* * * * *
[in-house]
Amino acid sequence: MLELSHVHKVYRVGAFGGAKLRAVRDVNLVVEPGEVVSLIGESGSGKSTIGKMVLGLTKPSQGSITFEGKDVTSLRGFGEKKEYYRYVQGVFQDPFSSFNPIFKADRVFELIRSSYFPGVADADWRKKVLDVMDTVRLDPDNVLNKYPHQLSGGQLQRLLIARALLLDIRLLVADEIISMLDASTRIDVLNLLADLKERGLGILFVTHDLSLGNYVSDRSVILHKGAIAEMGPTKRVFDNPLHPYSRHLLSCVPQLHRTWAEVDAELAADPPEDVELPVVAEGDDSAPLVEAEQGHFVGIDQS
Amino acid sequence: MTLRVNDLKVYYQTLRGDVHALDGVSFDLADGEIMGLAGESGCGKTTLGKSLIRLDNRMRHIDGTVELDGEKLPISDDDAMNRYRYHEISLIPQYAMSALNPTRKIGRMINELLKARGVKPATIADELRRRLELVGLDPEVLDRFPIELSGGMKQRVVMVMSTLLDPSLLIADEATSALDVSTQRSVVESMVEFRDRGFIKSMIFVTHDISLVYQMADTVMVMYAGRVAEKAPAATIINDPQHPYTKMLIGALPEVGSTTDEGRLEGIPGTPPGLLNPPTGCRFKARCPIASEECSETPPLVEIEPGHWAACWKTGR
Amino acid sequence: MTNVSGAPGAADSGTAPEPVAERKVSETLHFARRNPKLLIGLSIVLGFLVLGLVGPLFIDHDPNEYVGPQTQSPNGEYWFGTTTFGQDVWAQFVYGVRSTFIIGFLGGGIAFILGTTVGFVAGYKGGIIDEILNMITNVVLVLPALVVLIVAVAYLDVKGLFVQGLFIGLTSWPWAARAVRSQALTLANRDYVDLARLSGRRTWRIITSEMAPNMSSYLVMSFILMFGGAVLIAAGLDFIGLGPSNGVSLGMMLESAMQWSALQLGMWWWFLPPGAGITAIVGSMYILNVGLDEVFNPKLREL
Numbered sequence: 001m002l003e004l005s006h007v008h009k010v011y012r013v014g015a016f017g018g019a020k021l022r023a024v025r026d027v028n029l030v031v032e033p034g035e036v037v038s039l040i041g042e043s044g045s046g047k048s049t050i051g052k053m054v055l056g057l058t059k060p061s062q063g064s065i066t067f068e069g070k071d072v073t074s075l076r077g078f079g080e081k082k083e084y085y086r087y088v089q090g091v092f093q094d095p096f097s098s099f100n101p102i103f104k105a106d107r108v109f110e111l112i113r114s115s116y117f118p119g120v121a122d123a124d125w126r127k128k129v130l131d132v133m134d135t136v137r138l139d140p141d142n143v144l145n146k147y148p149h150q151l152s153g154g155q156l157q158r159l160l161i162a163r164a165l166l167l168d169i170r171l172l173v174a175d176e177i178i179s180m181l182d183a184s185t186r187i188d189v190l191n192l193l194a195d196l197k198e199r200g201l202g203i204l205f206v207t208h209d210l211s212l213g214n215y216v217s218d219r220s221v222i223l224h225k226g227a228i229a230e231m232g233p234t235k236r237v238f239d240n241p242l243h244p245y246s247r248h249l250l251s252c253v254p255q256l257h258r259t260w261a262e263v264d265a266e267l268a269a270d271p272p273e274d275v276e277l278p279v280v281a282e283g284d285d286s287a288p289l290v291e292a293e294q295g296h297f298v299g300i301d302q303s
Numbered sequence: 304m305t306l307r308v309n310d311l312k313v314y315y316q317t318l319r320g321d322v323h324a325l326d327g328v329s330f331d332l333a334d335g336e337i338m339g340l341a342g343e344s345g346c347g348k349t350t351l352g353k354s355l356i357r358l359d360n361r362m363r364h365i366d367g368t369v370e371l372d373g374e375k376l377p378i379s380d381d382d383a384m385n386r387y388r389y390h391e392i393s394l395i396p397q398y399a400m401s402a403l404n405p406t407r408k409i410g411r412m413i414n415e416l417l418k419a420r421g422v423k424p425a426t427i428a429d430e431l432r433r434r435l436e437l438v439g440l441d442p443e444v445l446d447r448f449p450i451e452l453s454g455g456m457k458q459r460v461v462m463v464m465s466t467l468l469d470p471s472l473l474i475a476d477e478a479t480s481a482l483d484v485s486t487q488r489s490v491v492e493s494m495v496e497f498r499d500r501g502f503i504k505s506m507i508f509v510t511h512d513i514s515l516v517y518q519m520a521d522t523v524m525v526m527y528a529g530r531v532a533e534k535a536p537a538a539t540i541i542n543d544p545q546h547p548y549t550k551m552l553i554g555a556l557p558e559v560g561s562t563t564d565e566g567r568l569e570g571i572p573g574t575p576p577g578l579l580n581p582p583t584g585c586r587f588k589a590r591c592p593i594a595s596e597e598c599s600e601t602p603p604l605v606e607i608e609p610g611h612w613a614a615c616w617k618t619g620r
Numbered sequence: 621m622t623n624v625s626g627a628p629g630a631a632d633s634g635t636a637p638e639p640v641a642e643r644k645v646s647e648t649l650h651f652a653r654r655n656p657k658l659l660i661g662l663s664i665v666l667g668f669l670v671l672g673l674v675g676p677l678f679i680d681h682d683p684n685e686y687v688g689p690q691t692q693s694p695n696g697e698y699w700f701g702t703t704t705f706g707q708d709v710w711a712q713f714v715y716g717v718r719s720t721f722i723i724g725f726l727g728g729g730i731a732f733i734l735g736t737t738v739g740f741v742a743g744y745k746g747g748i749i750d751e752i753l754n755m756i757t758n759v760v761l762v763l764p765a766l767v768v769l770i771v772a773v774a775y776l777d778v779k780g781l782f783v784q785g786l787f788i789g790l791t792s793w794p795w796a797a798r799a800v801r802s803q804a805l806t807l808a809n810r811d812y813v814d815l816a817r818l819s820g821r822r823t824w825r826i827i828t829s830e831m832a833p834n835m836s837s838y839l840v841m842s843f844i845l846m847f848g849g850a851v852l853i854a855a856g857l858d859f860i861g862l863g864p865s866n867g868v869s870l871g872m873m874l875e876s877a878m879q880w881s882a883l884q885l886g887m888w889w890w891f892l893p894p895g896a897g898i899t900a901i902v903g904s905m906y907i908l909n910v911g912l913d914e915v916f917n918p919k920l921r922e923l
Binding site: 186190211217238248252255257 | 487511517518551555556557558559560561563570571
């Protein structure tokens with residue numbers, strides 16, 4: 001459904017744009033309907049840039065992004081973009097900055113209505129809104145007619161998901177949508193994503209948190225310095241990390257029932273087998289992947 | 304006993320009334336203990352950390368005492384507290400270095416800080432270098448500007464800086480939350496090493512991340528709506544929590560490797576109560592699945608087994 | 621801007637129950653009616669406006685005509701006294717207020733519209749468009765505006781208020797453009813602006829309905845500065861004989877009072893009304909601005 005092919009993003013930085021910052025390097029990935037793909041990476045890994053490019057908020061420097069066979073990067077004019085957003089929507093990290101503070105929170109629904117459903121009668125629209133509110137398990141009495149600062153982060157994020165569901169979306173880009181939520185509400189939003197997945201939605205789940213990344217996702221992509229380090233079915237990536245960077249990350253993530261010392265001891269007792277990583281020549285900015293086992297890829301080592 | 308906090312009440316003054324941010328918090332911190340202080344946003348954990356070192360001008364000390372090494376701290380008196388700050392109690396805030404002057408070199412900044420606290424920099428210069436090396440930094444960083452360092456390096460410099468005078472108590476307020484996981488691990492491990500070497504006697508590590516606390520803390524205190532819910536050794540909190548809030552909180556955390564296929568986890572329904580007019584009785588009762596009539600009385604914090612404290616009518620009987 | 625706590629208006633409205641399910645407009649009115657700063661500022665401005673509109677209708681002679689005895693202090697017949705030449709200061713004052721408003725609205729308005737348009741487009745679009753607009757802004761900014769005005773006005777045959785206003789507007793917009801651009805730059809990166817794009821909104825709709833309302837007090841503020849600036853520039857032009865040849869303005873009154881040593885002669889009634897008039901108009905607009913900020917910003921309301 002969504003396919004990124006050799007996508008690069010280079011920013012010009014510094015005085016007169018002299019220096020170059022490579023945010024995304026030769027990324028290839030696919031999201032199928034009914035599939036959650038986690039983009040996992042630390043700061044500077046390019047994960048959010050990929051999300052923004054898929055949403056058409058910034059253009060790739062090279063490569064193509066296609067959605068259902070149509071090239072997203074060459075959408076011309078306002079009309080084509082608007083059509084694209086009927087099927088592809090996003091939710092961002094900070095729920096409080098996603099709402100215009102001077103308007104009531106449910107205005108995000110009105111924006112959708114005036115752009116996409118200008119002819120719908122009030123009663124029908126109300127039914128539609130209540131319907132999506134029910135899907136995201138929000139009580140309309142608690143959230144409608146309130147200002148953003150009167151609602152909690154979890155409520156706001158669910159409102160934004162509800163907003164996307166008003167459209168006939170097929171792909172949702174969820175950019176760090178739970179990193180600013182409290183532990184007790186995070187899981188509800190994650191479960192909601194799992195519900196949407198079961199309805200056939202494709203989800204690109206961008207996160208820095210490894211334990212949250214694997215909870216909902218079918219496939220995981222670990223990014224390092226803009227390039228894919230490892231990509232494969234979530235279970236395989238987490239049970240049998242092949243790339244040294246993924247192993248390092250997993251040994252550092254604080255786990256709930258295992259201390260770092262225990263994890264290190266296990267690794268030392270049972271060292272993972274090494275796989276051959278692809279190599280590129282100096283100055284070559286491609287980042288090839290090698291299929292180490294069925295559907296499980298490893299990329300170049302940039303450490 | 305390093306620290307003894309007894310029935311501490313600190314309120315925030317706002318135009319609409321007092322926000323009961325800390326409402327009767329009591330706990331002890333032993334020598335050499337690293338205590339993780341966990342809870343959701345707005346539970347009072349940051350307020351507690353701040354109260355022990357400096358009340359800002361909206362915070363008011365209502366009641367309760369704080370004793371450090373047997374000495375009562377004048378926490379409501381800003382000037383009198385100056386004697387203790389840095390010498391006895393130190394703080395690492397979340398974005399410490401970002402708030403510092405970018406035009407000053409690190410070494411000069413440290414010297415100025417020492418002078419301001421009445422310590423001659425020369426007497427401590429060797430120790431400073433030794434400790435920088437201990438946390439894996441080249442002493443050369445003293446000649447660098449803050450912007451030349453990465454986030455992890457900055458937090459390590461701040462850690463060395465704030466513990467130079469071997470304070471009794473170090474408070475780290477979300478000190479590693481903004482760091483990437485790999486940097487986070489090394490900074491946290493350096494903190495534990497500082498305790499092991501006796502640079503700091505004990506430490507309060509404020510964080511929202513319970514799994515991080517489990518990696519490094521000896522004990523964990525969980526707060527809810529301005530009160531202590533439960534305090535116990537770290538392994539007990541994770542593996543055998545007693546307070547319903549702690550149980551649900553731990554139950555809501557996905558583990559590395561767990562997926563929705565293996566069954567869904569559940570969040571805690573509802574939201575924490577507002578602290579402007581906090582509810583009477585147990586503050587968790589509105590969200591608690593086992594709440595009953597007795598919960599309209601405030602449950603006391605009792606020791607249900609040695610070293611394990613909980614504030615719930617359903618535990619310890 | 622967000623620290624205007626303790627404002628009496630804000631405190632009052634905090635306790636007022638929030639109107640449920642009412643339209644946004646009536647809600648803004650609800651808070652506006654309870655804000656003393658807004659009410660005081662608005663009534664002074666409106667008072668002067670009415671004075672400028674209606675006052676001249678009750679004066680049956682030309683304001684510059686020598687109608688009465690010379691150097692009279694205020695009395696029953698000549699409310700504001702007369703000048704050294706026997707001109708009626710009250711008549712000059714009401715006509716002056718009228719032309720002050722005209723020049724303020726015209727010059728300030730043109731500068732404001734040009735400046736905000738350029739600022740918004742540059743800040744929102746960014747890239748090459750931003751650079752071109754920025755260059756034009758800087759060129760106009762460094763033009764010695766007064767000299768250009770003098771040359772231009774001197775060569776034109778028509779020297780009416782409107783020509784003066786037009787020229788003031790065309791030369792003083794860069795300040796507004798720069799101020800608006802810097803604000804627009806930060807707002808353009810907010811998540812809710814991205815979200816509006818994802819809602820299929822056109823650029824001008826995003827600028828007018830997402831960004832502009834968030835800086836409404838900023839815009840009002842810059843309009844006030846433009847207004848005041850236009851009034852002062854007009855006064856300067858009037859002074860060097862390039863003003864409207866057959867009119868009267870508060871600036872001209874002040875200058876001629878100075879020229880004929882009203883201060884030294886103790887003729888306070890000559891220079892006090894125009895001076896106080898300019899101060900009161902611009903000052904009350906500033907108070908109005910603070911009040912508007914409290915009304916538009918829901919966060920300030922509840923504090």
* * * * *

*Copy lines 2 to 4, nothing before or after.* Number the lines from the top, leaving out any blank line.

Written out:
Amino acid sequence: MLELSHVHKVYRVGAFGGAKLRAVRDVNLVVEPGEVVSLIGESGSGKSTIGKMVLGLTKPSQGSITFEGKDVTSLRGFGEKKEYYRYVQGVFQDPFSSFNPIFKADRVFELIRSSYFPGVADADWRKKVLDVMDTVRLDPDNVLNKYPHQLSGGQLQRLLIARALLLDIRLLVADEIISMLDASTRIDVLNLLADLKERGLGILFVTHDLSLGNYVSDRSVILHKGAIAEMGPTKRVFDNPLHPYSRHLLSCVPQLHRTWAEVDAELAADPPEDVELPVVAEGDDSAPLVEAEQGHFVGIDQS
Amino acid sequence: MTLRVNDLKVYYQTLRGDVHALDGVSFDLADGEIMGLAGESGCGKTTLGKSLIRLDNRMRHIDGTVELDGEKLPISDDDAMNRYRYHEISLIPQYAMSALNPTRKIGRMINELLKARGVKPATIADELRRRLELVGLDPEVLDRFPIELSGGMKQRVVMVMSTLLDPSLLIADEATSALDVSTQRSVVESMVEFRDRGFIKSMIFVTHDISLVYQMADTVMVMYAGRVAEKAPAATIINDPQHPYTKMLIGALPEVGSTTDEGRLEGIPGTPPGLLNPPTGCRFKARCPIASEECSETPPLVEIEPGHWAACWKTGR
Amino acid sequence: MTNVSGAPGAADSGTAPEPVAERKVSETLHFARRNPKLLIGLSIVLGFLVLGLVGPLFIDHDPNEYVGPQTQSPNGEYWFGTTTFGQDVWAQFVYGVRSTFIIGFLGGGIAFILGTTVGFVAGYKGGIIDEILNMITNVVLVLPALVVLIVAVAYLDVKGLFVQGLFIGLTSWPWAARAVRSQALTLANRDYVDLARLSGRRTWRIITSEMAPNMSSYLVMSFILMFGGAVLIAAGLDFIGLGPSNGVSLGMMLESAMQWSALQLGMWWWFLPPGAGITAIVGSMYILNVGLDEVFNPKLREL